The premise of Alcatraz is simple: The closure of the notorious maximum security federal prison on Alcatraz Island in 1963 was a cover story. What really happened was that all the guards and inmates mysteriously vanished from the prison without a trace. Now, in 2012, these people are reappearing in San Francisco unchanged by the passage of time. The inmates are returning to their former criminal pursuits, which makes them extremely dangerous. A few have been appointed with specific tasks unrelated to any their former criminal enterprises. Presumably, whoever assigned these tasks is also responsible for the disappearance and return of the Alcatraz population (or "the 63s", as they come to be known).
In secure rooms beneath the guided tours of the Rock, FBI Agent Emerson Hauser (Sam Neill) heads a task force investigating the disappearance of the 63s. Unlocking their mystery has been Hauser's life's work ever since, as an officer on the S.F.P.D., he landed on the dock at Alcatraz and found the prison deserted. An abrupt and secretive man, Hauser trusts no one, with the possible exception of Dr. Lucy Banerjee (Parminder Nagra), a criminal psychologist who has Hauser's ear for reasons that are explored during the course of the series.
In the pilot episode, the task force is joined by a young S.F.P.D. homicide detective with the kind of fire in her belly that Hauser used to have: Rebecca Madsen (Sarah Jones), who has a family connection to Alcatraz, because her adoptive grandfather, Ray Archer (Robert Forster), was a guard there. Madsen's own grandfather, who died when her father was a child, was also a guard at Alcatraz, or so she believes. Madsen and Hauser cross paths over the investigation of a murder victim, one E.B. Tiller (Jason Butler Harner as a young man; Jeremy Dangerfield as an old man), the former deputy warden of Alcatraz. For background on the deputy warden, Madsen consults the world's leading authority on the prison, Dr. Diego Soto (Jorge Garcia), a geek savant with a Ph.D. and a comic book store. (A classic Soto line has him terrorizing his assistant with the threat to tell Det. Madsen that he owns the entire Twilight series—on Blu-ray.) When Madsen and Soto realize that the killer is someone from Alcatraz who was supposed to have died years ago, Hauser is forced to tell them about the 63s. Besides, Lucy tells Hauser, he needs the help.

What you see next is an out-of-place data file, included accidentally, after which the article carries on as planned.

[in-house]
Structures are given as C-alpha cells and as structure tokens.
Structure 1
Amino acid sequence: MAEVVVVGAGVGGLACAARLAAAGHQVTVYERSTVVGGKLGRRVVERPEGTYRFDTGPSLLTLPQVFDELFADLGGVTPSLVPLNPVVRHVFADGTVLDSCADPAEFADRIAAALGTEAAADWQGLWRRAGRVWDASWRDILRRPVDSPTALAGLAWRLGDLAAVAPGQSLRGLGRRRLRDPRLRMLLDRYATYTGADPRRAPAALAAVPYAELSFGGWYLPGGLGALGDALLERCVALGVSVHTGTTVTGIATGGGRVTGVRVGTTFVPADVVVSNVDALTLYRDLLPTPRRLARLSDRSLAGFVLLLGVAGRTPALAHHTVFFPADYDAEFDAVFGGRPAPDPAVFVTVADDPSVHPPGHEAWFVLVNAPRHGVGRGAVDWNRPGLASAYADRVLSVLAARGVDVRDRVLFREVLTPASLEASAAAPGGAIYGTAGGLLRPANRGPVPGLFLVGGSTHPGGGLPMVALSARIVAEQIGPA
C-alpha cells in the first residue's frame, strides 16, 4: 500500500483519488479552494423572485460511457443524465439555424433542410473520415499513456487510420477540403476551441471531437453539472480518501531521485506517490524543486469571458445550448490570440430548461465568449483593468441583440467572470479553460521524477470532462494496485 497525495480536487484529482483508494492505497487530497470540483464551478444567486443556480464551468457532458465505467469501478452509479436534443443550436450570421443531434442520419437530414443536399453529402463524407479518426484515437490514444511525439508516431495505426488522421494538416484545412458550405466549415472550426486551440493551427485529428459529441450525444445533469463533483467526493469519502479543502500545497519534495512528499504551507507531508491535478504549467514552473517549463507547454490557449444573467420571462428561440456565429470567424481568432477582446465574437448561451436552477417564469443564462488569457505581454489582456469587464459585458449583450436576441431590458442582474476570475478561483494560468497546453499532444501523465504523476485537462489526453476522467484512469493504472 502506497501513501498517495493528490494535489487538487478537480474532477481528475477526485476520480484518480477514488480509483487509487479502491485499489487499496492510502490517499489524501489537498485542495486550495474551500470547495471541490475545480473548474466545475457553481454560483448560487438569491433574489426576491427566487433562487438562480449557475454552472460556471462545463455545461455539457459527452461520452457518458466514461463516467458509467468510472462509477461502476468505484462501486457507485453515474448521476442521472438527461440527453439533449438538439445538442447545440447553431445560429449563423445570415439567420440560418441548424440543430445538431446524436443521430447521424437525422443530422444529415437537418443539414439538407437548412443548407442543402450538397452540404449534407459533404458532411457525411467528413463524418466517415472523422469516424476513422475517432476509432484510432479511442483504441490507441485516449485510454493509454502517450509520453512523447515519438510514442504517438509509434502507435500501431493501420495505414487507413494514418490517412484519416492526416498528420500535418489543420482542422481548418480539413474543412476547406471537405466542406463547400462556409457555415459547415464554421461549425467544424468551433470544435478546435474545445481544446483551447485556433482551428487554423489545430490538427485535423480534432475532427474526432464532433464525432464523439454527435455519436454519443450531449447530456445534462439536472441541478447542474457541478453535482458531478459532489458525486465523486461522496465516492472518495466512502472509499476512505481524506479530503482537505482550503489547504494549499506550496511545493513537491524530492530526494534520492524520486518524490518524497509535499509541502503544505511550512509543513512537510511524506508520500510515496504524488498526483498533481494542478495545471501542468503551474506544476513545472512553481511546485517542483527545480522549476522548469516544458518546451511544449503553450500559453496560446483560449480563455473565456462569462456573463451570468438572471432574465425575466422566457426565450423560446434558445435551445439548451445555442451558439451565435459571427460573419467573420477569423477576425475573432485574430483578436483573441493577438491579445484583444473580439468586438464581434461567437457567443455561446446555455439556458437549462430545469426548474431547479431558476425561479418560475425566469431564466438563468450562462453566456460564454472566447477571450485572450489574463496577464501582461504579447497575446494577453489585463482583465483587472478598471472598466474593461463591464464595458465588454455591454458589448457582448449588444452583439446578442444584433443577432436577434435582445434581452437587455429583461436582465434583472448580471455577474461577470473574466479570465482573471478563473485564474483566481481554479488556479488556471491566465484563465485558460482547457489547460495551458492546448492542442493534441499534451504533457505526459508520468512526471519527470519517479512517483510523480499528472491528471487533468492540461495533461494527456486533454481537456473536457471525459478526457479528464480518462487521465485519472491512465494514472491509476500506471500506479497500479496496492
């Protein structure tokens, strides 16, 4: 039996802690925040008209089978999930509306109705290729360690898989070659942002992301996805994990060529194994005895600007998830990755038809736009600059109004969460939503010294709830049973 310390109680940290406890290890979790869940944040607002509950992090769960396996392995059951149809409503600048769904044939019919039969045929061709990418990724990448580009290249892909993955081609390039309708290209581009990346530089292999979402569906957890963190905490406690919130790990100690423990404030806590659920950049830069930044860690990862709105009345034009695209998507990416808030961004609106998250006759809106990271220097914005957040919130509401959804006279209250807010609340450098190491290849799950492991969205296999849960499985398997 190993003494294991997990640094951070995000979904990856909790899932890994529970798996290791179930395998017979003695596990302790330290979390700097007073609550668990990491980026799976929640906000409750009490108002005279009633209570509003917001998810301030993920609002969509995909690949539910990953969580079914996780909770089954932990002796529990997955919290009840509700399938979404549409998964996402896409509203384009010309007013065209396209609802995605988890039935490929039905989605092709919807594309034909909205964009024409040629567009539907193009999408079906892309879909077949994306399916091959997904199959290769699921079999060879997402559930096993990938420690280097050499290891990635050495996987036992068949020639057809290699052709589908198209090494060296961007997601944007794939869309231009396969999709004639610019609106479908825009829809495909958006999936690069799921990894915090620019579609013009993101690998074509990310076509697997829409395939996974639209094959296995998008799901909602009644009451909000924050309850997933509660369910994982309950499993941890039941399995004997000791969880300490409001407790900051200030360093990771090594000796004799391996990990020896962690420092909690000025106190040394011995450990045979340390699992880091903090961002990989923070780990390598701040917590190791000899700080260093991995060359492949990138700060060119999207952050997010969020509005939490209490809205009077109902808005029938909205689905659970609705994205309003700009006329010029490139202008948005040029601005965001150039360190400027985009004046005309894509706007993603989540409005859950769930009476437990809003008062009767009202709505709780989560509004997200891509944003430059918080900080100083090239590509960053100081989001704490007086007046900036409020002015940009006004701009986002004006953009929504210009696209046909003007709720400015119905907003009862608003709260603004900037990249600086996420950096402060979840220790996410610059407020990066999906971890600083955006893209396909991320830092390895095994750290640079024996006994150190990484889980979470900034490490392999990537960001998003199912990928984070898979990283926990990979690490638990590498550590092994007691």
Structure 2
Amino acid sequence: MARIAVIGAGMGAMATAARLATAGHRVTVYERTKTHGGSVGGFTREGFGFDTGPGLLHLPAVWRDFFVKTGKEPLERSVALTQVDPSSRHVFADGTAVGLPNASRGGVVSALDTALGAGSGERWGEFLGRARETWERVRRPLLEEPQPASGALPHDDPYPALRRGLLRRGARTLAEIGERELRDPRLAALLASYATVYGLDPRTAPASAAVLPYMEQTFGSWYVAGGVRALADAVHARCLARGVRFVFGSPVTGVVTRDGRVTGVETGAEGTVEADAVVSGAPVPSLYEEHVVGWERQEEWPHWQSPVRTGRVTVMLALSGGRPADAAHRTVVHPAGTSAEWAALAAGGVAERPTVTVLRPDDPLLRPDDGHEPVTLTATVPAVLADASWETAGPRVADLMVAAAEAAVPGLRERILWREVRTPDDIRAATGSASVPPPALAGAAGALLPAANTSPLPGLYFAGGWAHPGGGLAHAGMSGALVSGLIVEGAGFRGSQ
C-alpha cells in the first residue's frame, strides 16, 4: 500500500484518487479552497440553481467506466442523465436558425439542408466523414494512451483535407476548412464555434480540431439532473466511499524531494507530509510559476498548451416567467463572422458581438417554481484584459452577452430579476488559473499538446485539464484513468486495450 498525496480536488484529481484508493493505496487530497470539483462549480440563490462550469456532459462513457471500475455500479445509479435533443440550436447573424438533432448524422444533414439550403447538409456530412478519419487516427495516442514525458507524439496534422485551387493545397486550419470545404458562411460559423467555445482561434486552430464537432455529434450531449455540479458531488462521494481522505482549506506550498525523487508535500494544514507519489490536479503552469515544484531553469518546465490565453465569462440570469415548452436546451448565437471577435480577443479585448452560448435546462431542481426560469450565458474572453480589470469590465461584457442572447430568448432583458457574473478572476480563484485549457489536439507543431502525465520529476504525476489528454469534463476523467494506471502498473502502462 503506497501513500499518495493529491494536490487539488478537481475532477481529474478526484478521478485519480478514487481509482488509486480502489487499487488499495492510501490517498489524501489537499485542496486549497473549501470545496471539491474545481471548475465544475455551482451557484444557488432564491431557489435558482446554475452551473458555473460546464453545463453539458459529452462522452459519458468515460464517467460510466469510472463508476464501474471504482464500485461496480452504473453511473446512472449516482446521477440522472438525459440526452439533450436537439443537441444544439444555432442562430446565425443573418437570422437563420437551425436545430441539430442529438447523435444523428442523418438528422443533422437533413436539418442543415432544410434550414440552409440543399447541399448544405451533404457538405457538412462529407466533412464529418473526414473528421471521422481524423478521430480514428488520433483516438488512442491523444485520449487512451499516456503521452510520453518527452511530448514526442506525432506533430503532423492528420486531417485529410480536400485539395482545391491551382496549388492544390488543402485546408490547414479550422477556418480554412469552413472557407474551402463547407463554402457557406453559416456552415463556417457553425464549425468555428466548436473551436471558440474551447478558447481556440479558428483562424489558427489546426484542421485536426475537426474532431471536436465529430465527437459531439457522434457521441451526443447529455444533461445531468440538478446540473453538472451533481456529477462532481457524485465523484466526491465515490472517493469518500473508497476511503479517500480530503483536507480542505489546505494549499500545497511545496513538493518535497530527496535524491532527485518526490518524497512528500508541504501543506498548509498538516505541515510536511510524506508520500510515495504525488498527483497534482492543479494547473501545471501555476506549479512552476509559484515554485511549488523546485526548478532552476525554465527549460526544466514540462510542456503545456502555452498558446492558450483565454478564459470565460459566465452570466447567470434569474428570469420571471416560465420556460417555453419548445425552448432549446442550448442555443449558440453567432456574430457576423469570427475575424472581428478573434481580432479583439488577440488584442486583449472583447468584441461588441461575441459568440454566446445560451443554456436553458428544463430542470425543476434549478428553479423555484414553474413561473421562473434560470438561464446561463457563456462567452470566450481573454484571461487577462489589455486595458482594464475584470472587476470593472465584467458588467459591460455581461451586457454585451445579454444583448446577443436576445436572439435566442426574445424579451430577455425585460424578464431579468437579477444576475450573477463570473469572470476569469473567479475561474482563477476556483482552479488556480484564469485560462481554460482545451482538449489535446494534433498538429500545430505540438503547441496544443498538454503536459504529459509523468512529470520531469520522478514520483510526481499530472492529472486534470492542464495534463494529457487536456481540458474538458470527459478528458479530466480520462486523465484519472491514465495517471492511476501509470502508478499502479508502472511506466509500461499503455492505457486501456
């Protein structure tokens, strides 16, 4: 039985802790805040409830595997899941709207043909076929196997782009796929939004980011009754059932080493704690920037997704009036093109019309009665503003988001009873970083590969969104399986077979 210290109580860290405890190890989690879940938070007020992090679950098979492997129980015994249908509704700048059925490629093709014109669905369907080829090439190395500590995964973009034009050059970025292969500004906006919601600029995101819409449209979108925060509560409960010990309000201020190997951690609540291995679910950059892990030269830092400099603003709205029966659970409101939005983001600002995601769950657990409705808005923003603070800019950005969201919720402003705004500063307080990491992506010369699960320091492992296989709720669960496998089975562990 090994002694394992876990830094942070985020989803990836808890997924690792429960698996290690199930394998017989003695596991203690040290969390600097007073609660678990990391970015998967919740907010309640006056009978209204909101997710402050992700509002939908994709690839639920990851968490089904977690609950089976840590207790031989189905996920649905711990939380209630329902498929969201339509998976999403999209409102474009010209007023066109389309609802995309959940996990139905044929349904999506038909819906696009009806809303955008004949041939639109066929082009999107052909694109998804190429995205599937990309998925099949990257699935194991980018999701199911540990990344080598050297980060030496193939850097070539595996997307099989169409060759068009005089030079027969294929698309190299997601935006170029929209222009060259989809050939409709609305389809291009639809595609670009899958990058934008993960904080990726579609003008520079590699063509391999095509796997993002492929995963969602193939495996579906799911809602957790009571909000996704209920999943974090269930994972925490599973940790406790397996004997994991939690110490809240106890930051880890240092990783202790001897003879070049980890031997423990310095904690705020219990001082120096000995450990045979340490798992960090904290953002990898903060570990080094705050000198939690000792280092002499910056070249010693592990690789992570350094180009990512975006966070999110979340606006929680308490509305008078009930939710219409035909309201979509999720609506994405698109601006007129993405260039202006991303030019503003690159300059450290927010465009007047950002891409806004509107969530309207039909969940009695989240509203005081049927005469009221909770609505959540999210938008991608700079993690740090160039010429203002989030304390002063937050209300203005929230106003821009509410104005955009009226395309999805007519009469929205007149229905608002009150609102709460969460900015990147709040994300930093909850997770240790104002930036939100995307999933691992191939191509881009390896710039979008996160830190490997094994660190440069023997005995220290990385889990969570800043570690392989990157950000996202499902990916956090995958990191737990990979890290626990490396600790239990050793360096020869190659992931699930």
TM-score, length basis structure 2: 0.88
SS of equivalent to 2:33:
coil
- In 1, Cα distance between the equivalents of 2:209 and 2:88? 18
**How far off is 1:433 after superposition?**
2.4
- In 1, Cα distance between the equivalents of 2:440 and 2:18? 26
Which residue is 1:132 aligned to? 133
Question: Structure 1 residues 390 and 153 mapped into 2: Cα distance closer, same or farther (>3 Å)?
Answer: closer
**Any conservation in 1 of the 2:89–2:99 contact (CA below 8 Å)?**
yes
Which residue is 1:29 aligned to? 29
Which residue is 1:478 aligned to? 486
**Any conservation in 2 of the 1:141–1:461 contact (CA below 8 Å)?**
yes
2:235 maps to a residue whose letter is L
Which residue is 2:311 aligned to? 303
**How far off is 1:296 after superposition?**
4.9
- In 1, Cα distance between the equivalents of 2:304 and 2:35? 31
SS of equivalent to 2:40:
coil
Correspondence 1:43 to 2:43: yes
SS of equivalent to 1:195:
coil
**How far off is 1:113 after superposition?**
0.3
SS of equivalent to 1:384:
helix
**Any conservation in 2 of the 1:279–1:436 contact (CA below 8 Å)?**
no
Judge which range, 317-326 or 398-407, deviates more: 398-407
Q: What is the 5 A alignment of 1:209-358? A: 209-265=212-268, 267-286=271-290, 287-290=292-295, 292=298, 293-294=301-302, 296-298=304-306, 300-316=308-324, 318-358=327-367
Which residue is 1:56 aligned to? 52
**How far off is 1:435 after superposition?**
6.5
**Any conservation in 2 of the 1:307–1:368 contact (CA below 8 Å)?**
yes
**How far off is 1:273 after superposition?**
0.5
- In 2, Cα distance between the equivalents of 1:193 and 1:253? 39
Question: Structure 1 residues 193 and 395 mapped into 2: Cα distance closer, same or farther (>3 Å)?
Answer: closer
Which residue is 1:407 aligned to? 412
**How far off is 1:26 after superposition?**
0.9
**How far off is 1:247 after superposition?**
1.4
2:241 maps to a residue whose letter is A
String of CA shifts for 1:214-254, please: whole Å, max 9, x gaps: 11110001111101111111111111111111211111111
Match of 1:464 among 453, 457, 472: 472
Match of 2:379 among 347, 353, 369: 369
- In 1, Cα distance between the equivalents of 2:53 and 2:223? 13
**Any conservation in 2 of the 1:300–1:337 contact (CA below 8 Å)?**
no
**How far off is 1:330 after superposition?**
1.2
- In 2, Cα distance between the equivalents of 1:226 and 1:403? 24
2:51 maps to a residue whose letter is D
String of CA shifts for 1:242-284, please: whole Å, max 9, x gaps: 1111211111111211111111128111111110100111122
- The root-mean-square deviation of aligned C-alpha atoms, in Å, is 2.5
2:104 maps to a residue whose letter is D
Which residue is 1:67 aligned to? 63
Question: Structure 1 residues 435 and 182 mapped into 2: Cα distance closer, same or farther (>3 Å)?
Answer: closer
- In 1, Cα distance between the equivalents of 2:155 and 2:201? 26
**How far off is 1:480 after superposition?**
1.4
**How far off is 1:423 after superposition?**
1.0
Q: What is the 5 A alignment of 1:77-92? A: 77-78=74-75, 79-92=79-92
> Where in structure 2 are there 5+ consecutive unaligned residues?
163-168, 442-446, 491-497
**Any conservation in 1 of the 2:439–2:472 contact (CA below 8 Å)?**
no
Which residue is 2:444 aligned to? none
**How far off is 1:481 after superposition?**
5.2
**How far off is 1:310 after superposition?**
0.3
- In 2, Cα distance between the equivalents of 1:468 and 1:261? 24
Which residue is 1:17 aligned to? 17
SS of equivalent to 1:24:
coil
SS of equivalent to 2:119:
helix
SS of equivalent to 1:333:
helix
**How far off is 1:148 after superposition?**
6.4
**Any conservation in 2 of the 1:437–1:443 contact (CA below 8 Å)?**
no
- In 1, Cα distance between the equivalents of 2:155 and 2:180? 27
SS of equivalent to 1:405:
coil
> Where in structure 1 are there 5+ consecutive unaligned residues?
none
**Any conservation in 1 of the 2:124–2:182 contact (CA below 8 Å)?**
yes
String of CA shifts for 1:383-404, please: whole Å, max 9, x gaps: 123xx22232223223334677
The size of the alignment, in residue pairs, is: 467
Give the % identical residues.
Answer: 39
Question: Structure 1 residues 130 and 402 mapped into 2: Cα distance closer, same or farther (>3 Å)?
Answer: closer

Each of the remaining episodes is named after an Alcatraz inmate (or inmates) whose trail the task force is following in 2012. The action alternates between present day and the period leading up to the disappearance of the 63s, in which we get a view of the harsh life on the Rock, as well as the often inscrutable power games being played between Deputy Warden Tiller and his boss, Warden Edwin James (Jonny Coyne). We also regularly look in on the infirmary presided over by Dr. Beauregard (Leon Rippy, a long way from Saving Grace's angelic Earl). He may just be a Nazi-style monster, even if he is only "following orders".